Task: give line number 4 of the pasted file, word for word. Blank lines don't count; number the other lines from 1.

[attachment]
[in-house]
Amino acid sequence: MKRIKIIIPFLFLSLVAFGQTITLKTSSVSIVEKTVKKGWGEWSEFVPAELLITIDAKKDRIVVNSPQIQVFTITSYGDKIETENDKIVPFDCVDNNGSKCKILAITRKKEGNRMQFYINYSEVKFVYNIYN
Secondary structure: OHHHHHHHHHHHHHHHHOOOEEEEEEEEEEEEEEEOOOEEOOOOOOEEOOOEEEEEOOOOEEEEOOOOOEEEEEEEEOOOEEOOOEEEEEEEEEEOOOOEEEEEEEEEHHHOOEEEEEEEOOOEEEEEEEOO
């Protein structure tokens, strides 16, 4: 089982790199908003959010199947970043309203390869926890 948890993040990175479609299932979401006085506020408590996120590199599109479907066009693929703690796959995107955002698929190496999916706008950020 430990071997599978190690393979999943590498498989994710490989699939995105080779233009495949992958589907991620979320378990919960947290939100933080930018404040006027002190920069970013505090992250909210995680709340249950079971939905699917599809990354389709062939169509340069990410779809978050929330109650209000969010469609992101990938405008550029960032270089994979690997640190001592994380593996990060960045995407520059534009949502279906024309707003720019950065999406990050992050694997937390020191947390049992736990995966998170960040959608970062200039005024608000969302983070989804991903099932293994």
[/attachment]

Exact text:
């Protein structure tokens, strides 16, 4: 089982790199908003959010199947970043309203390869926890 948890993040990175479609299932979401006085506020408590996120590199599109479907066009693929703690796959995107955002698929190496999916706008950020 430990071997599978190690393979999943590498498989994710490989699939995105080779233009495949992958589907991620979320378990919960947290939100933080930018404040006027002190920069970013505090992250909210995680709340249950079971939905699917599809990354389709062939169509340069990410779809978050929330109650209000969010469609992101990938405008550029960032270089994979690997640190001592994380593996990060960045995407520059534009949502279906024309707003720019950065999406990050992050694997937390020191947390049992736990995966998170960040959608970062200039005024608000969302983070989804991903099932293994």